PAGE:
However afterwards I went for coffee with my IT guru and he told me all about a fabulous project called ‘The Hole in the Wall’ in India. The aim of the project is to build digital literacy through enquiry based learning. In a nutshell, a computer scientist, Dr Sugata Mitra, explored what would occur if poor children had unlimited access to computers and the internet. He made a computer available through a hole in the wall. He provided no training or support – just letting the children play and discover. As the attached story says, “Within minutes, children figured out how to point and click. By the end of the day they were browsing. “Given access and opportunity,” observes O’Connor, “the children quickly taught themselves the rudiments of computer literacy.” “

    This was such an important reminder to me and was very humbling. I’ve been so concerned about my duty of care to people I’ve forgotten to respect their ability to learn for themselves and to ensure I don’t take responsibility for people’s emotional state. 

    The one piece of information from the afternoon’s workshop that was incredibly useful to me,  was a throw-away line, where one presenter reminded us of the “Big 5” personality traits – those few personality traits believed to be enduring over time.  (For those of us not undertaking Psych 101, the  Big-5 factors are openness, conscientiousness, extraversion, agreeableness and neoroticism – see Costa, P.T.,Jr. & McCrae, R.R. (1992). Revised NEO Personality Inventory (NEO-PI-R) and NEO Five-Factor Inventory (NEO-FFI) manual. Odessa, FL: Psychological Assessment Resources. And  yes I did have to go back to my undergrad psych books for that one!) The presenter reminded us that part of what guides the learning process is the openness trait, and our individual responses to change and to new situations. What I understand this to mean is that the anxiety about IT I have been witnessing may be a personality variable rather than a cultural factor. Some students will struggle more with the anxiety a new situation produces. It therefore wouldn’t matter what new situation I was introducing, some students would automatically have higher levels of anxiety simply because it is new. In this case it just happens to be IT. So what this tells me as a teacher is that I need to be cautious about my interpretations.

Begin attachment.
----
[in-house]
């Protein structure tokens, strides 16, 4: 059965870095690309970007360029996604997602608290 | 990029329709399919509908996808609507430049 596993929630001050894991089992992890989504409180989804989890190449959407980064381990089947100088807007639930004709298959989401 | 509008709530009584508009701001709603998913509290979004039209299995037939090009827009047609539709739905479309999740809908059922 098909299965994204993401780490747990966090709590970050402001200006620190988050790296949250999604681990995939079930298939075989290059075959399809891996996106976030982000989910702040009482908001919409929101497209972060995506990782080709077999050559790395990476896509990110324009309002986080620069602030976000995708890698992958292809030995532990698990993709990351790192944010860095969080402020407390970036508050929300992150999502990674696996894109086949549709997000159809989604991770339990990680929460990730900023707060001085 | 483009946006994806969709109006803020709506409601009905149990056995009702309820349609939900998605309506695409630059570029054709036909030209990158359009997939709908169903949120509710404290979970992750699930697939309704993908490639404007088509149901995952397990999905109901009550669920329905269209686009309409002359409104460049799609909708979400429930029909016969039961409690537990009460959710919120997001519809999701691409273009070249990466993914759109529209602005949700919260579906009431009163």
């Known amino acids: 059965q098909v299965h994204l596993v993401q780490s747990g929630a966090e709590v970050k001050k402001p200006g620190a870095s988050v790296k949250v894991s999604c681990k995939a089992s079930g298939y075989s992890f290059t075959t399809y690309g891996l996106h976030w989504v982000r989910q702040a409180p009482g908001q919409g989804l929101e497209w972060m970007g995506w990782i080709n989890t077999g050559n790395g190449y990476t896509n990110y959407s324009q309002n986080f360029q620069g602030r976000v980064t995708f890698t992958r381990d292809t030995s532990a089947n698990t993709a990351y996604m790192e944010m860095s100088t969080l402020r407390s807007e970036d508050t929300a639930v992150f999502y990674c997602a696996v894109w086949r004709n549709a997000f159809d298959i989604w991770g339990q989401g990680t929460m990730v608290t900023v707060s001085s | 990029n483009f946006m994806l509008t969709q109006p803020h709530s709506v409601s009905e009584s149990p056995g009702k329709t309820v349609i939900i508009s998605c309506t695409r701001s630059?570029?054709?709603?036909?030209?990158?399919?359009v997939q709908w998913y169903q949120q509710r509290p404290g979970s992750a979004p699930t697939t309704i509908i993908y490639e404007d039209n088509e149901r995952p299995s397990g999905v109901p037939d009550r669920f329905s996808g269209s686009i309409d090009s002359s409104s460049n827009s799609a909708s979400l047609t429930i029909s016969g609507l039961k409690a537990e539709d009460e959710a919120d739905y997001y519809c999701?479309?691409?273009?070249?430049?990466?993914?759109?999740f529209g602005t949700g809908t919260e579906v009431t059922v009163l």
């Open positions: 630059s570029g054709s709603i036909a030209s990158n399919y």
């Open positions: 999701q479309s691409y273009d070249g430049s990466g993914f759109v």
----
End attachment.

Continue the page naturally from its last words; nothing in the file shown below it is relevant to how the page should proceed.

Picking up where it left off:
This is not to deny the place of cultural sensitivity and an awareness that members of some cultures may – as some of my students have suggested – be less inclined to expose feelings or reveal private thoughts. I also need to hear the way in which some students negate their own agency within the process, an abandonment of self to cultural identity.

    The fact that international students are here in Australia, learning in a new system, away from home and supports and learning in their 2nd, 3rd or 4th language, tells me that these are already a group of people who have a higher level of openness. They ARE at the more open end of the spectrum.

     I therefore need to be conscious of the resilience and complexity of human beings, and acknowledge our ability to stand in multiple sites at once.

     Source: http://www.pbs.org/frontlineworld/stories/india/thestory.html